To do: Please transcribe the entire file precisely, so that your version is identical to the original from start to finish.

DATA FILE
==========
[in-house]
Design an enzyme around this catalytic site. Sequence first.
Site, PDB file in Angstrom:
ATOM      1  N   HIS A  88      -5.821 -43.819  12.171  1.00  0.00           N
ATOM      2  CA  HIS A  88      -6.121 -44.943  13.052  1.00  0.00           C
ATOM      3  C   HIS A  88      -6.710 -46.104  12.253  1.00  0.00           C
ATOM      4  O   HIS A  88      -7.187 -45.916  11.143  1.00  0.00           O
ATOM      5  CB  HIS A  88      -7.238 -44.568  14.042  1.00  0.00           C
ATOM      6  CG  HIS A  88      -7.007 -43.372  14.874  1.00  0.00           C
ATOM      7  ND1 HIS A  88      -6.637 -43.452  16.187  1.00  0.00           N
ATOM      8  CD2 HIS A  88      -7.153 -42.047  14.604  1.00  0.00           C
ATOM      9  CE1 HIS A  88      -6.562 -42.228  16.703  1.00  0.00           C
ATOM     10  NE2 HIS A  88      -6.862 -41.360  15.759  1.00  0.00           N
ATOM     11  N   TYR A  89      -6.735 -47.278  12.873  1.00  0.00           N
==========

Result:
[in-house]
Design an enzyme around this catalytic site. Sequence first.
Site, PDB file in Angstrom:
ATOM      1  N   HIS A  88      -5.821 -43.819  12.171  1.00  0.00           N
ATOM      2  CA  HIS A  88      -6.121 -44.943  13.052  1.00  0.00           C
ATOM      3  C   HIS A  88      -6.710 -46.104  12.253  1.00  0.00           C
ATOM      4  O   HIS A  88      -7.187 -45.916  11.143  1.00  0.00           O
ATOM      5  CB  HIS A  88      -7.238 -44.568  14.042  1.00  0.00           C
ATOM      6  CG  HIS A  88      -7.007 -43.372  14.874  1.00  0.00           C
ATOM      7  ND1 HIS A  88      -6.637 -43.452  16.187  1.00  0.00           N
ATOM      8  CD2 HIS A  88      -7.153 -42.047  14.604  1.00  0.00           C
ATOM      9  CE1 HIS A  88      -6.562 -42.228  16.703  1.00  0.00           C
ATOM     10  NE2 HIS A  88      -6.862 -41.360  15.759  1.00  0.00           N
ATOM     11  N   TYR A  89      -6.735 -47.278  12.873  1.00  0.00           N